Heart failure is a clinical syndrome due to a structural or functional cardiac disorder that impairs the ability of the ventricle to fill with or eject blood in order to deliver oxygen at a rate commensurate with the requirements of the metabolizing tissues.
Symptoms are caused by ventricular dysfunction secondary to abnormalities of the myocardium, pericardium, endocardium, valves, heart rhythm and conduction.
New onset heart failure refers to the first presentation of heart failure.
Transient heart failure refers to the symptomatic heart failure over a limited period of time although long-term therapy may be indicated.
Chronic heart failure is stable, worsening, or decompensated heart failure.

Patient Education


  • Inform the patients about the drugs’ indications, dosage, side effects and precautions
  • Emphasize the importance of treatment compliance
  • Assist patients in dealing with complicated drug regimens
  • Avoid nonsteroidal anti-inflammatory drugs including cyclooxygenase-2 (COX-2) inhibitors
    • Patients are at increased risk for fluid retention and renal failure especially those with decreased renal function or who are on angiotensin converting enzyme (ACE) inhibitors
    • Nonsteroidal anti-inflammatory drugs (NSAIDs) can cause sodium retention, peripheral vasoconstriction, decrease the efficacy, and increase the toxicity of ACE inhibitors and diuretics

Lifestyle Modification

Weight Monitoring

  • Increase in body weight is associated with deterioration of heart failure (HF) and fluid retention
  • Patients should weigh themselves regularly to monitor weight change
    • If a patient has sudden unexpected weight gain of >2 kg in 3 days, the physician should be informed and diuretic dose may need to be adjusted
  • Patients who are obese need to lose weight to decrease symptoms, improve well-being, and prevent progression of HF
    • Goal body mass index (BMI) is 25-27 kg/m(22-25 kg/m2 for Asians)
    • Goal waist measurement for men is <94 cm and <80 cm for women
  • Weight reduction should not routinely be done in patients with moderate to severe HF since unintentional weight loss and anorexia are common problems
  • Cardiac cachexia, defined as involuntary non-edematous weight loss ≥6% of total body weight within the previous 6-12 months, is an important predictor of decreased survival
    • Possible treatments are appetite stimulants, exercise, anabolic agents, and nutritional supplements

Diet Modification

  • Sodium Restriction
    • Restrict sodium intake to <2 g/day (~1/4 tsp of table salt)
  • Fluid Restriction
    • Limit fluid intake to 1.5-2 L/day in patients with severe HF to relieve symptoms and congestion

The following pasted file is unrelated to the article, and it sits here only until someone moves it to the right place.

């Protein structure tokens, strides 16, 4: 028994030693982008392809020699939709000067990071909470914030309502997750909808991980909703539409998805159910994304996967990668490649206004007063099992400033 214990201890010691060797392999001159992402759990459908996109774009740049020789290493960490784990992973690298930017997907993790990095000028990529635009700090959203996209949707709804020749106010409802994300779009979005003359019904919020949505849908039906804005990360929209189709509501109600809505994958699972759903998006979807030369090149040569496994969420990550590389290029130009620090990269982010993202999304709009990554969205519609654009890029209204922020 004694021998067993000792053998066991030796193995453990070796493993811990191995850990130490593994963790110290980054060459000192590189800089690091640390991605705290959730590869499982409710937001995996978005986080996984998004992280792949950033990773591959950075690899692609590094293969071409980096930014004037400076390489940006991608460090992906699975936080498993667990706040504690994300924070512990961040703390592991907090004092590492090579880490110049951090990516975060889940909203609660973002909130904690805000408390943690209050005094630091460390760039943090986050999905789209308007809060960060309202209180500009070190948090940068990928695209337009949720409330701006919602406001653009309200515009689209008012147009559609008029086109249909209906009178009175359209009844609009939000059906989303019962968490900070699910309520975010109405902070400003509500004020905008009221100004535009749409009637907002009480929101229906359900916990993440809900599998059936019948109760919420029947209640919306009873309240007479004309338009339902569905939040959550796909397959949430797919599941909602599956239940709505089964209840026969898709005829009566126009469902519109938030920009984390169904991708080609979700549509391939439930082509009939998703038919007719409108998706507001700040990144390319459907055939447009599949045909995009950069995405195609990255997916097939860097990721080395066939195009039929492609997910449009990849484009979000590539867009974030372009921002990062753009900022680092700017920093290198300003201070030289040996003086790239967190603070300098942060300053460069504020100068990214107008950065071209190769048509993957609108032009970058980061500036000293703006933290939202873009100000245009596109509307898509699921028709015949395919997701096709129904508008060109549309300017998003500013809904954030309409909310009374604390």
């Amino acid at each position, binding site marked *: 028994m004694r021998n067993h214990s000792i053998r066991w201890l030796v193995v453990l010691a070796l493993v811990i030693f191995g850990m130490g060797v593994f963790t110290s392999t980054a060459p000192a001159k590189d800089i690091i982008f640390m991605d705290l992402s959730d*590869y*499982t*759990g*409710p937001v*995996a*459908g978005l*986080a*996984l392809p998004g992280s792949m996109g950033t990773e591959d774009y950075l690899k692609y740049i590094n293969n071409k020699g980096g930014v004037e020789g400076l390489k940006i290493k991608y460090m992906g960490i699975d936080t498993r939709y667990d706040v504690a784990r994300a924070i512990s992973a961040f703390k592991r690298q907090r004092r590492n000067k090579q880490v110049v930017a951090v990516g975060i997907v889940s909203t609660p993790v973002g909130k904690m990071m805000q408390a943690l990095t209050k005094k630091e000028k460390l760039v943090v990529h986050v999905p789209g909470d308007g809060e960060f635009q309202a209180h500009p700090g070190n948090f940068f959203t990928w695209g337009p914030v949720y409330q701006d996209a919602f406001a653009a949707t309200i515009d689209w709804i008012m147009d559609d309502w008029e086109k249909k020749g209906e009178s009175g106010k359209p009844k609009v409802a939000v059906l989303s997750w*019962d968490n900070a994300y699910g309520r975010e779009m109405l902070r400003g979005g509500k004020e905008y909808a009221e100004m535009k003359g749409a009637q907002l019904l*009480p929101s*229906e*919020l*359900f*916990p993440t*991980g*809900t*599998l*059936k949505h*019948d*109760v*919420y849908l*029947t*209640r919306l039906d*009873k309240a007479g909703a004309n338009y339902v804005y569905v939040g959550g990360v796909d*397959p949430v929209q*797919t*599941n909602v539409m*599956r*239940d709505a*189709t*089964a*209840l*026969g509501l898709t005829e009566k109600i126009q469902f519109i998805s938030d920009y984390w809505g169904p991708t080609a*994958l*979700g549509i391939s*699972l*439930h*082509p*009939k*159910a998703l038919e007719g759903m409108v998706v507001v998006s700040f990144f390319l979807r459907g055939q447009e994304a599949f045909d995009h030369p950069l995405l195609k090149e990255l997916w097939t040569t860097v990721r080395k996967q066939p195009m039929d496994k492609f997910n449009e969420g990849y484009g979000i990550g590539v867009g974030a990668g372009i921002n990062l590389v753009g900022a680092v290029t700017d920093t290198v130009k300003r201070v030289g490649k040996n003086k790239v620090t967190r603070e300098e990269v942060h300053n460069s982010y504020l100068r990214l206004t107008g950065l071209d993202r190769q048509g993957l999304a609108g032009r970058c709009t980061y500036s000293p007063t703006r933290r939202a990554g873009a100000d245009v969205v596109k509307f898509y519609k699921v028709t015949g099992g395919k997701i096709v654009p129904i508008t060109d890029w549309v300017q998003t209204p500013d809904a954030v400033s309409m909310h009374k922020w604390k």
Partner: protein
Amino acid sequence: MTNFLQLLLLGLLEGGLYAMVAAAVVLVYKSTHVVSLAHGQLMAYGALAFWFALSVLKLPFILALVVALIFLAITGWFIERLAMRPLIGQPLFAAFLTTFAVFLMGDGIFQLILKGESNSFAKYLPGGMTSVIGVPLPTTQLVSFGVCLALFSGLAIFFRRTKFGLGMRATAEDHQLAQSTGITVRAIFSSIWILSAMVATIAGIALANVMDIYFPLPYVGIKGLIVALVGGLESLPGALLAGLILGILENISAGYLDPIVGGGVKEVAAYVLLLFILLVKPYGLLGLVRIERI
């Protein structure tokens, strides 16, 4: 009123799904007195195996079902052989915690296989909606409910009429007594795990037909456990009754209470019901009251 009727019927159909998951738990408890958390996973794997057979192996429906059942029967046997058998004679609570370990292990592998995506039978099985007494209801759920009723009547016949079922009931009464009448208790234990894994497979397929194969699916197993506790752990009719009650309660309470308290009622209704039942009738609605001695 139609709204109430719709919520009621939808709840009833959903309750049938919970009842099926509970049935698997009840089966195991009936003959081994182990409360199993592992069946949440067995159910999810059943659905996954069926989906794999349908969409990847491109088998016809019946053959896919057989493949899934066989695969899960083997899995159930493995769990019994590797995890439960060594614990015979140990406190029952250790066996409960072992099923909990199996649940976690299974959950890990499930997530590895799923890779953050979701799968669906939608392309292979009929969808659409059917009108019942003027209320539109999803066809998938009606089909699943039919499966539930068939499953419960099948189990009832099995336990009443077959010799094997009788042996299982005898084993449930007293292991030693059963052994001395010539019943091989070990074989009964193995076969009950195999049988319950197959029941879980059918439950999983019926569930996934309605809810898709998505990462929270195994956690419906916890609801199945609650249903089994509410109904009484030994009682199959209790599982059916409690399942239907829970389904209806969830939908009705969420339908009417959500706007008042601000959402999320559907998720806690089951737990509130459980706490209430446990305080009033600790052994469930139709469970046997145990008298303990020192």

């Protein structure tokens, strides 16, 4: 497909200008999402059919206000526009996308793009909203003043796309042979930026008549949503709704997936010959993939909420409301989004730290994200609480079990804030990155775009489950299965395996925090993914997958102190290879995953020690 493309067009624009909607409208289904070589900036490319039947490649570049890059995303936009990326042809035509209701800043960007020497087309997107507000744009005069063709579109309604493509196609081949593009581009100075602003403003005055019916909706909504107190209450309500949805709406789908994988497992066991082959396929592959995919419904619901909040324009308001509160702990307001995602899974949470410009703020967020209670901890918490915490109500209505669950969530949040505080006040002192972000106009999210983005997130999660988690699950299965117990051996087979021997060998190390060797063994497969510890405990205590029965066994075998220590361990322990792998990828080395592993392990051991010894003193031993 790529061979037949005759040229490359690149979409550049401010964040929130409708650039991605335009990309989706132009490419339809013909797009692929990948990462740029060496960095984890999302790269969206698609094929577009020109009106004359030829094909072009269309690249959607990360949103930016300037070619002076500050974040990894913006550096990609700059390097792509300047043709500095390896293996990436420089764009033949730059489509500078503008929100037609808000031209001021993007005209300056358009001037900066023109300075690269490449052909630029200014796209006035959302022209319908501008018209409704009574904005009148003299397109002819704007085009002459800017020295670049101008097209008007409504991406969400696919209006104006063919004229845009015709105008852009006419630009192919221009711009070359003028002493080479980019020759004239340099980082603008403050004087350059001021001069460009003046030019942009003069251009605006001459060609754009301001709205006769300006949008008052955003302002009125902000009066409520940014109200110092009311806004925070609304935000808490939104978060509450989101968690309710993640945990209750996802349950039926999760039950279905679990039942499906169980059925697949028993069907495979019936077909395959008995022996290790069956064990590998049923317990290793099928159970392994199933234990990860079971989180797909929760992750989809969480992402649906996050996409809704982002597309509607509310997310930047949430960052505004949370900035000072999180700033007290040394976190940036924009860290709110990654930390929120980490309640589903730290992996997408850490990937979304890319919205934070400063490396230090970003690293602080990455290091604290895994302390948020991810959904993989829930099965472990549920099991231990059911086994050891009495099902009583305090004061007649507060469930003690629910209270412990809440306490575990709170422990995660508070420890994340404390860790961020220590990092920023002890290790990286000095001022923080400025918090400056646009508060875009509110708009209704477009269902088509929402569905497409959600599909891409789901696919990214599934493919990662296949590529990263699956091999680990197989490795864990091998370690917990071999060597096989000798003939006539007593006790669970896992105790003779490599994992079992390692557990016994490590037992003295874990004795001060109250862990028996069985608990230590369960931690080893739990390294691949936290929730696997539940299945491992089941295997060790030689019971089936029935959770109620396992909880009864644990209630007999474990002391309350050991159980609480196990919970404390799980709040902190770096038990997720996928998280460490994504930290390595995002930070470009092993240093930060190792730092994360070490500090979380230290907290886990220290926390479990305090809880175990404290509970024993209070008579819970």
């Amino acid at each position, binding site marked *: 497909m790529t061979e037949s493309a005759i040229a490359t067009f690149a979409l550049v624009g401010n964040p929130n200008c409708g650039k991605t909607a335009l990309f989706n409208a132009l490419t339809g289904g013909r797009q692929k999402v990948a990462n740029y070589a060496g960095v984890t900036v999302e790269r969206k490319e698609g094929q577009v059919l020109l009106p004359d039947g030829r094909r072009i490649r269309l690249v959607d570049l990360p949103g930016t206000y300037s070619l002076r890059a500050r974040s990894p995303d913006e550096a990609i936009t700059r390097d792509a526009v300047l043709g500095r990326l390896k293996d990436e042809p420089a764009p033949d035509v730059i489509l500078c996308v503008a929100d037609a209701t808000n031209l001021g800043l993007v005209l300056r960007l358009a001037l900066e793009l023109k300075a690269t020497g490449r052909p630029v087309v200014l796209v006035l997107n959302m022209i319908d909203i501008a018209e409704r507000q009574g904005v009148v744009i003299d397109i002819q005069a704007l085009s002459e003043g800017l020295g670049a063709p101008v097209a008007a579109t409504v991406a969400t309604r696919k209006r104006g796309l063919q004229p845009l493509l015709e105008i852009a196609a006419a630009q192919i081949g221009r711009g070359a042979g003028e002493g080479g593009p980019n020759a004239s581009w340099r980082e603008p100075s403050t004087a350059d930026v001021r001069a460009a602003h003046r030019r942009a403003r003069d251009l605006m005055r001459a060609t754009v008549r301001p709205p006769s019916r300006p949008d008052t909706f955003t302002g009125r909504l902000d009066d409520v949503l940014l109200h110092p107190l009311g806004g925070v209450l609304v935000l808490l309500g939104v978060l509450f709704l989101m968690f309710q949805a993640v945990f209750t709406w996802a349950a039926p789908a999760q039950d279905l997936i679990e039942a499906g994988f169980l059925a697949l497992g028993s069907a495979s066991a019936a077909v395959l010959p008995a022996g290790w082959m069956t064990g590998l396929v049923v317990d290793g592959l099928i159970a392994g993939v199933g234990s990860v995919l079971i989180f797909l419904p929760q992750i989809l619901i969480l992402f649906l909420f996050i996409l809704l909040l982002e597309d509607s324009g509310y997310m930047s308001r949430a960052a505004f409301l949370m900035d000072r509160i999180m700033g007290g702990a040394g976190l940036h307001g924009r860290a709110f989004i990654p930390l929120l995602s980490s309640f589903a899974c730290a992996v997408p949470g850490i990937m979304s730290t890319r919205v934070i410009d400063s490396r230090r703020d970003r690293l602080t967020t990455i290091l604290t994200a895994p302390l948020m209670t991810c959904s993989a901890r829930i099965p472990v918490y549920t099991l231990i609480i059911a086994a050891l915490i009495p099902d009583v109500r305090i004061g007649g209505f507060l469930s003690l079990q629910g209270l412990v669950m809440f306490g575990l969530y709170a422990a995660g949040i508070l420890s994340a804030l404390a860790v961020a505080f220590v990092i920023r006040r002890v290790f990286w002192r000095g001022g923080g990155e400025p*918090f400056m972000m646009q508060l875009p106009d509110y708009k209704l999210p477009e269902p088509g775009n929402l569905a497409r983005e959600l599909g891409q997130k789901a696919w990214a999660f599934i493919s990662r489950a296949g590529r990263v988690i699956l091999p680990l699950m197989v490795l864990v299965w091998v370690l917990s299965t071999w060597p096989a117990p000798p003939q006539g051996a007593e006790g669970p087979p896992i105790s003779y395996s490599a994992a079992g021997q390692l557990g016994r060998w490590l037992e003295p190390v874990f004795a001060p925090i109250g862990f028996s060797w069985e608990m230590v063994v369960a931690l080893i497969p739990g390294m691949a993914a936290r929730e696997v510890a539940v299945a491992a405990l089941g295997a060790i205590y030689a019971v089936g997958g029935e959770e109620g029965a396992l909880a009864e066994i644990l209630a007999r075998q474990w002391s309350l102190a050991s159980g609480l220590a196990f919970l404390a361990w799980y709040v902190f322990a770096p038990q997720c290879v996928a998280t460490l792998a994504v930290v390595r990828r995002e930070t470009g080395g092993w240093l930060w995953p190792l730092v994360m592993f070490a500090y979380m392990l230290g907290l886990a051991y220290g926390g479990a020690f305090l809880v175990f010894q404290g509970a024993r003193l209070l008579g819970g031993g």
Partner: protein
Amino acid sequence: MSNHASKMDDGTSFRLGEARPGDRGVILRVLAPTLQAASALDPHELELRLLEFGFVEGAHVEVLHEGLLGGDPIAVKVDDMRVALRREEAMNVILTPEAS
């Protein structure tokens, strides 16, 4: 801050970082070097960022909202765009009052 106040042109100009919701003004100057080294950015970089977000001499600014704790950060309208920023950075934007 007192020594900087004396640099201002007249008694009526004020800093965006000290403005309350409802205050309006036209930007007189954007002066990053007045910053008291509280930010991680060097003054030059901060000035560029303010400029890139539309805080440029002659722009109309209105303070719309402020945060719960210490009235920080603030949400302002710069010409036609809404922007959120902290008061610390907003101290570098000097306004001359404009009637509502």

• Routine fluid restriction in all patients with mild to moderate symptoms is probably not beneficial
    • Weight-based fluid restriction (30 mL/kg body weight if body weight ≤85 kg or 35 mL/kg body weight >85 kg) may cause less thirst
  • Caffeine
    • Excessive caffeine intake may increase heart rate, increase blood pressure and exacerbate arrhythmia
    • Limit caffeine beverages to 1-2 cups/day
  • Saturated Fat
    • Limit saturated fat intake in all patients with heart failure
  • Omega-3 Fatty Acids
    • Supplementation with omega-3 polyunsaturated fatty acids is a reasonable adjunctive therapy in chronic HF
    • A trial showed reduction in mortality or hospital admission for a cardiovascular event
  • Fiber
    • High fiber diet is recommended to prevent constipation secondary to relative gastrointestinal hypoperfusion
    • Helps avoid straining in stool withc may provoke angina, dyspnea, or arrhythmia
  • Frequent small meals may prevent shunting of the cardiac output to the gastrointestinal tract, thus decreasing the risk of angina, dyspnea, dizziness, or bloating

Cardiac Rehabilitation

  • Useful in patients who are clinically stable
  • Several meta-analyses demonstrated cardiac rehabilitation improves functional capacity and exercise duration and decreases hospital admission and mortality


  • Alcohol is a direct myocardial toxin and may impair cardiac contractility
  • May have negative inotropic effect and may be associated with blood pressure (BP) elevation and increased risk for arrhythmia
  • Limit alcohol intake to 10-20 g/day (2 units/day in men or 1 unit/day in women)
    • 1 unit is equivalent to 10 ml of pure alcohol (1 glass of wine, 1/2 pint of beer, or 1 measure of spirit)

Smoking Cessation

  • Primary goals: Complete smoking cessation and avoidance of passive smoking
  • Provide counseling, cessation programs, and pharmacotherapy (eg nicotine replacement, Bupropion)


  • Regular physical activity is strongly recommended in patients with chronic heart failure
    • It should be individualized based on the patient’s capacity
    • Promote adherence to an exercise goal of 30 minutes of moderate activity or exercise, 5-7 days a week with warm up and cool down exercise
  • When clinically stable, patients should be encouraged to carry out daily physical activities and leisure activities that do not induce symptoms

Sexual Activity

  • Sexual activity is likely to be safe in patients who are able to achieve approximately six metabolic equivalents of exercise (eg can climb two flight of stairs without stopping due to angina, dyspnea, or dizziness)
  • Advise patients regarding the use of sublingual nitroglycerin as prophylaxis against dyspnea and chest pain during sexual activity
    • Drugs used in erectile dysfunction (eg Avanafil, Sildenafil, Tadalafil) are contraindicated in patients receiving nitrates or those who have hypotension, arrhythmias, or angina pectoris

Pregnancy and Contraception

  • Low-dose oral contraceptives have a small risk of causing hypertension or thrombogenicity, but these risks need to be weighed against the risk of pregnancy
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